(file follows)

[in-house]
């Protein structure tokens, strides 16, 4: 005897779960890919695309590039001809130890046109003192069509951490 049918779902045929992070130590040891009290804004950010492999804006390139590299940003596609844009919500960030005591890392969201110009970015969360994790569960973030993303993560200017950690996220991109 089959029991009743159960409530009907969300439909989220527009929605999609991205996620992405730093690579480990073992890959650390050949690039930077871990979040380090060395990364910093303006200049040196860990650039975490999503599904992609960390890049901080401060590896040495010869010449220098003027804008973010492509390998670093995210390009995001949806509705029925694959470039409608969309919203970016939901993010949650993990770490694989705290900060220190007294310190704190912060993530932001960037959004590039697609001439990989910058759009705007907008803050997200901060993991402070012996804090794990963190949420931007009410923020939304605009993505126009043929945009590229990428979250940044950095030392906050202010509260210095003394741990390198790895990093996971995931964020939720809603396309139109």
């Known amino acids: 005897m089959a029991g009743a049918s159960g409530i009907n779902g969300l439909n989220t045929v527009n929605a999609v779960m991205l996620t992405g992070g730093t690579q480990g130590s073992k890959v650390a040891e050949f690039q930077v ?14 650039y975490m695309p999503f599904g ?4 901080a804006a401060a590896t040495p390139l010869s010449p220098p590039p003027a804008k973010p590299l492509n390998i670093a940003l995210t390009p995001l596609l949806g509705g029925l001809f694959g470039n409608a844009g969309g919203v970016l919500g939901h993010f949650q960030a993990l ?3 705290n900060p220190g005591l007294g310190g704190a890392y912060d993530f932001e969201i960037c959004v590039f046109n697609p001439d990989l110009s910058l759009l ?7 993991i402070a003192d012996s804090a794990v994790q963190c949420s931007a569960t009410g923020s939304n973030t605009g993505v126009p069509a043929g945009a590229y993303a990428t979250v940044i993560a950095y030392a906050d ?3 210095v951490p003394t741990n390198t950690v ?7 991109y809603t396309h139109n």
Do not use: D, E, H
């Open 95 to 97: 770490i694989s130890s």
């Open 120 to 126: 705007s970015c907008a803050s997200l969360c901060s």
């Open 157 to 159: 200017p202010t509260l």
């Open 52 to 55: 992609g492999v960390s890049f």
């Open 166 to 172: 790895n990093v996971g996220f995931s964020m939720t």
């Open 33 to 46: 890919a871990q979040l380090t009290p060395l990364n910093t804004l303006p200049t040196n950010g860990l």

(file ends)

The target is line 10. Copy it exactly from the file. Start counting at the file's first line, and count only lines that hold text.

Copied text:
């Open 33 to 46: 890919a871990q979040l380090t009290p060395l990364n910093t804004l303006p200049t040196n950010g860990l």